The effect of hydrogen, accumulation and annealing of radiation defects on the physicomechanical properties of an austenitic Kh16N15M3T1 steel (16Cr15Ni3Mo1Ti) has been investigated upon low-temperature (77 K) neutron and electron irradiations. It has been shown that, when its concentration is about 300 at ppm, hydrogen reduces plasticity by 25%. The presence of helium (2.0-2.5 at ppm) introduced by the tritium-trick method exerts an effect on the yield strength and hardly affects embrittlement. Upon both electron and neutron irradiation, there is a linear relation between the increment of the yield strength and the square root of the increment of the residual electrical resistivity (the concentration of radiation defects). The annealing of vacancies occurs in the neighborhood of 300 K (energy for vacancy migration is 1.0-1.0 eV). Vacancy clusters dissociate near 480 K (energy for dissociation is 1.4-1.5 eV).

  5. Lithium target for accelerator based BNCT neutron source: Influence by the proton irradiation on lithium

    NASA Astrophysics Data System (ADS)

    Fujii, R.; Imahori, Y.; Nakakmura, M.; Takada, M.; Kamada, S.; Hamano, T.; Hoshi, M.; Sato, H.; Itami, J.; Abe, Y.; Fuse, M.

    2012-12-01

    The neutron source for Boron Neutron Capture Therapy (BNCT) is in the transition stage from nuclear reactor to accelerator based neutron source. Generation of low energy neutron can be achieved by 7Li (p, n) 7Be reaction using accelerator based neutron source. Development of small-scale and safe neutron source is within reach. The melting point of lithium that is used for the target is low, and durability is questioned for an extended use at a high current proton beam. In order to test its durability, we have irradiated lithium with proton beam at the same level as the actual current density, and found no deterioration after 3 hours of continuous irradiation. As a result, it is suggested that lithium target can withstand proton irradiation at high current, confirming suitability as accelerator based neutron source for BNCT.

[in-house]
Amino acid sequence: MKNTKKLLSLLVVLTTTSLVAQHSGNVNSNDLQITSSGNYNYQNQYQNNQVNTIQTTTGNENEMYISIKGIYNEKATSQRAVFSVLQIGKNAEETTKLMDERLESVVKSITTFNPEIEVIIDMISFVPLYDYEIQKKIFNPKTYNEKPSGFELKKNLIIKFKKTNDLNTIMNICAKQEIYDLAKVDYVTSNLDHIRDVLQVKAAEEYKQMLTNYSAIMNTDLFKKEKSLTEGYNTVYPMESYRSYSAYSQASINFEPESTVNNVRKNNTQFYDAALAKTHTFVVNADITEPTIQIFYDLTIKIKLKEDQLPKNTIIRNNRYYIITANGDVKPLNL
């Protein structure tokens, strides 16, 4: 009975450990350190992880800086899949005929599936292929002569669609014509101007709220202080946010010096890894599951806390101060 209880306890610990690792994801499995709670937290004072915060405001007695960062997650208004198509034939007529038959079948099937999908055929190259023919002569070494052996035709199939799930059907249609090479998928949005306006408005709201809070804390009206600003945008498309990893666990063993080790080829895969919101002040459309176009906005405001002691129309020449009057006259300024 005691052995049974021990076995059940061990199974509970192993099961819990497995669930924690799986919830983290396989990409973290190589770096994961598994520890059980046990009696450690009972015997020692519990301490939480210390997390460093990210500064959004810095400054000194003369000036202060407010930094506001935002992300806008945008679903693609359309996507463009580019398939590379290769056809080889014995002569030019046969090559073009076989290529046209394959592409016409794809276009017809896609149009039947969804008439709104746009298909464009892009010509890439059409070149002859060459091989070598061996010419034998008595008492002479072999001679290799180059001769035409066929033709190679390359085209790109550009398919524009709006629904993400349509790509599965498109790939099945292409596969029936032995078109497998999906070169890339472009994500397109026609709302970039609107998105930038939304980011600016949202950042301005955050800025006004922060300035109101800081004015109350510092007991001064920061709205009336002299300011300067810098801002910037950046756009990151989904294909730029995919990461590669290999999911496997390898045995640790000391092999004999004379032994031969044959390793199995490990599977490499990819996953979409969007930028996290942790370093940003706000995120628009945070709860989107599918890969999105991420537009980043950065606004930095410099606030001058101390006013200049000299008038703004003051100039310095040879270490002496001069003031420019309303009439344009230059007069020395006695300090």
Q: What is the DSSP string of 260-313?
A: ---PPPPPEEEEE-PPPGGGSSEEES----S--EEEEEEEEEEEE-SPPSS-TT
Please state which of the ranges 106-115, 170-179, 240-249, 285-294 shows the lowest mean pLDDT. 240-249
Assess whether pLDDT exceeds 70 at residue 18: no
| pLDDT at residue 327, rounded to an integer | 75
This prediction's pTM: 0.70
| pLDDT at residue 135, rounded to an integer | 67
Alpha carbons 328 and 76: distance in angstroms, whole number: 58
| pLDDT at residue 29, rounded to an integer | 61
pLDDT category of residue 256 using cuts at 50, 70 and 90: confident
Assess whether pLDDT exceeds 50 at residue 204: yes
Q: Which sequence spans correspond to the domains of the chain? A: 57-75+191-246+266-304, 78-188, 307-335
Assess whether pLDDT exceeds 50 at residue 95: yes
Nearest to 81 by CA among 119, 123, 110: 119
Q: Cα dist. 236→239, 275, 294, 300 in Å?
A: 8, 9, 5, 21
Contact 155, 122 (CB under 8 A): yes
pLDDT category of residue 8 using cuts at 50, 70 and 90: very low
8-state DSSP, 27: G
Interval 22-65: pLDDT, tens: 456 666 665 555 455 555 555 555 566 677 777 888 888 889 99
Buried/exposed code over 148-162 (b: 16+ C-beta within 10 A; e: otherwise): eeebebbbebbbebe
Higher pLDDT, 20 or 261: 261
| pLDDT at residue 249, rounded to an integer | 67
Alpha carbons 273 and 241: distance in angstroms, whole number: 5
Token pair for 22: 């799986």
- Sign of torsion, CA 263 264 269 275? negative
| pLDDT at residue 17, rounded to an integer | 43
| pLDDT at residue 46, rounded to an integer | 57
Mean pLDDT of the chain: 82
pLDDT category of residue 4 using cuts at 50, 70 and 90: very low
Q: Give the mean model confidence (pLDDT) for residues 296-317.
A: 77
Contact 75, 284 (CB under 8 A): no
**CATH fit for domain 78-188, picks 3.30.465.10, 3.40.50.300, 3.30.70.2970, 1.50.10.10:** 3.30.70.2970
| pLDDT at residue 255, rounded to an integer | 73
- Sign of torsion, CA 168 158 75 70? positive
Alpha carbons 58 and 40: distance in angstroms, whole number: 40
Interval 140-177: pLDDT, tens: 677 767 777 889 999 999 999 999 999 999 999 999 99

6. Effects of proton irradiation on SiGe HBTs implemented with isolation guard rings

    NASA Astrophysics Data System (ADS)

    Jiang, Ningyue; Cho, Namki; Ma, Zhenqiang

    2010-12-01

    The effects of proton irradiation on SiGe HBTs implemented with isolation guard rings are investigated in this work. Different from what was shown in any of the previous radiation tolerance studies, a distinctive increase of the emitter current after proton irradiation was observed on a measured inverse-mode Gummel plot from the SiGe HBTs implemented with isolation guard rings. Detailed device measurements and modeling revealed a new SiGe HBT degradation mechanism under proton irradiation. It is found that the increase of the emitter current measured in the inverse-mode Gummel plot comes from the degradation of the substrate-collector (buried layer) junction diode associated with the SiGe HBTs. Furthermore, we identified that the radiation damages in the substrate-collector junction near the deep trench edges are solely responsible for the observed degradation of radiation tolerance. The potential impact of this radiation damage to device operation is discussed.